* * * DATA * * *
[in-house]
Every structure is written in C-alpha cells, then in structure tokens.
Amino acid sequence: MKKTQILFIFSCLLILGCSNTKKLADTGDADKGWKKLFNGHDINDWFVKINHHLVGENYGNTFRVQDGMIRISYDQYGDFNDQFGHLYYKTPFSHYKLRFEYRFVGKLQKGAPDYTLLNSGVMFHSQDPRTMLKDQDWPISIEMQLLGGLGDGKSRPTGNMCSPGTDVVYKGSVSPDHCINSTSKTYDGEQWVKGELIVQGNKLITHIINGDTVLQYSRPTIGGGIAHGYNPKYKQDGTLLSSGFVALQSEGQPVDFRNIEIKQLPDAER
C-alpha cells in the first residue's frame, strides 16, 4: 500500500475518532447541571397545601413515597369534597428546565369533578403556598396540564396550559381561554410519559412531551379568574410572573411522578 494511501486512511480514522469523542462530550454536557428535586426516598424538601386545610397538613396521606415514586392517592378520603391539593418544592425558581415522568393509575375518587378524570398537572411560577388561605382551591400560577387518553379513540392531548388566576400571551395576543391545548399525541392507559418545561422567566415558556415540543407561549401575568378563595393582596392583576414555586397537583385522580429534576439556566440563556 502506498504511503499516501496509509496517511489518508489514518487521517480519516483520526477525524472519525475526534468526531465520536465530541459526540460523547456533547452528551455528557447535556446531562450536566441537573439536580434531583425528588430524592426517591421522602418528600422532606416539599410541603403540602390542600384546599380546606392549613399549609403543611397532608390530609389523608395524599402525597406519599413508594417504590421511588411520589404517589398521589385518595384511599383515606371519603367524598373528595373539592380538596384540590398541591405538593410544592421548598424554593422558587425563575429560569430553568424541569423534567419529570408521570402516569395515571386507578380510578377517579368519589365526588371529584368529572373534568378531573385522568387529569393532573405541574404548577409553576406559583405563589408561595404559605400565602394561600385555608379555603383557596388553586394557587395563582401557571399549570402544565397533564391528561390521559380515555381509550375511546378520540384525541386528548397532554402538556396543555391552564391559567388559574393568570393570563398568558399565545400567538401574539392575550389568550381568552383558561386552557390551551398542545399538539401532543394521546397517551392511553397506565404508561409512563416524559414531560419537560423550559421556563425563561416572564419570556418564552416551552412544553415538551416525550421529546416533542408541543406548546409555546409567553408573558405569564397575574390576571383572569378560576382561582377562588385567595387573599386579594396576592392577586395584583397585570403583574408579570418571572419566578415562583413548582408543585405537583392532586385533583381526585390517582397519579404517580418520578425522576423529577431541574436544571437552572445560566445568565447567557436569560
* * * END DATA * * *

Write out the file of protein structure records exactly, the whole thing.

[in-house]
Every structure is written in C-alpha cells, then in structure tokens.
Amino acid sequence: MKKTQILFIFSCLLILGCSNTKKLADTGDADKGWKKLFNGHDINDWFVKINHHLVGENYGNTFRVQDGMIRISYDQYGDFNDQFGHLYYKTPFSHYKLRFEYRFVGKLQKGAPDYTLLNSGVMFHSQDPRTMLKDQDWPISIEMQLLGGLGDGKSRPTGNMCSPGTDVVYKGSVSPDHCINSTSKTYDGEQWVKGELIVQGNKLITHIINGDTVLQYSRPTIGGGIAHGYNPKYKQDGTLLSSGFVALQSEGQPVDFRNIEIKQLPDAER
C-alpha cells in the first residue's frame, strides 16, 4: 500500500475518532447541571397545601413515597369534597428546565369533578403556598396540564396550559381561554410519559412531551379568574410572573411522578 494511501486512511480514522469523542462530550454536557428535586426516598424538601386545610397538613396521606415514586392517592378520603391539593418544592425558581415522568393509575375518587378524570398537572411560577388561605382551591400560577387518553379513540392531548388566576400571551395576543391545548399525541392507559418545561422567566415558556415540543407561549401575568378563595393582596392583576414555586397537583385522580429534576439556566440563556 502506498504511503499516501496509509496517511489518508489514518487521517480519516483520526477525524472519525475526534468526531465520536465530541459526540460523547456533547452528551455528557447535556446531562450536566441537573439536580434531583425528588430524592426517591421522602418528600422532606416539599410541603403540602390542600384546599380546606392549613399549609403543611397532608390530609389523608395524599402525597406519599413508594417504590421511588411520589404517589398521589385518595384511599383515606371519603367524598373528595373539592380538596384540590398541591405538593410544592421548598424554593422558587425563575429560569430553568424541569423534567419529570408521570402516569395515571386507578380510578377517579368519589365526588371529584368529572373534568378531573385522568387529569393532573405541574404548577409553576406559583405563589408561595404559605400565602394561600385555608379555603383557596388553586394557587395563582401557571399549570402544565397533564391528561390521559380515555381509550375511546378520540384525541386528548397532554402538556396543555391552564391559567388559574393568570393570563398568558399565545400567538401574539392575550389568550381568552383558561386552557390551551398542545399538539401532543394521546397517551392511553397506565404508561409512563416524559414531560419537560423550559421556563425563561416572564419570556418564552416551552412544553415538551416525550421529546416533542408541543406548546409555546409567553408573558405569564397575574390576571383572569378560576382561582377562588385567595387573599386579594396576592392577586395584583397585570403583574408579570418571572419566578415562583413548582408543585405537583392532586385533583381526585390517582397519579404517580418520578425522576423529577431541574436544571437552572445560566445568565447567557436569560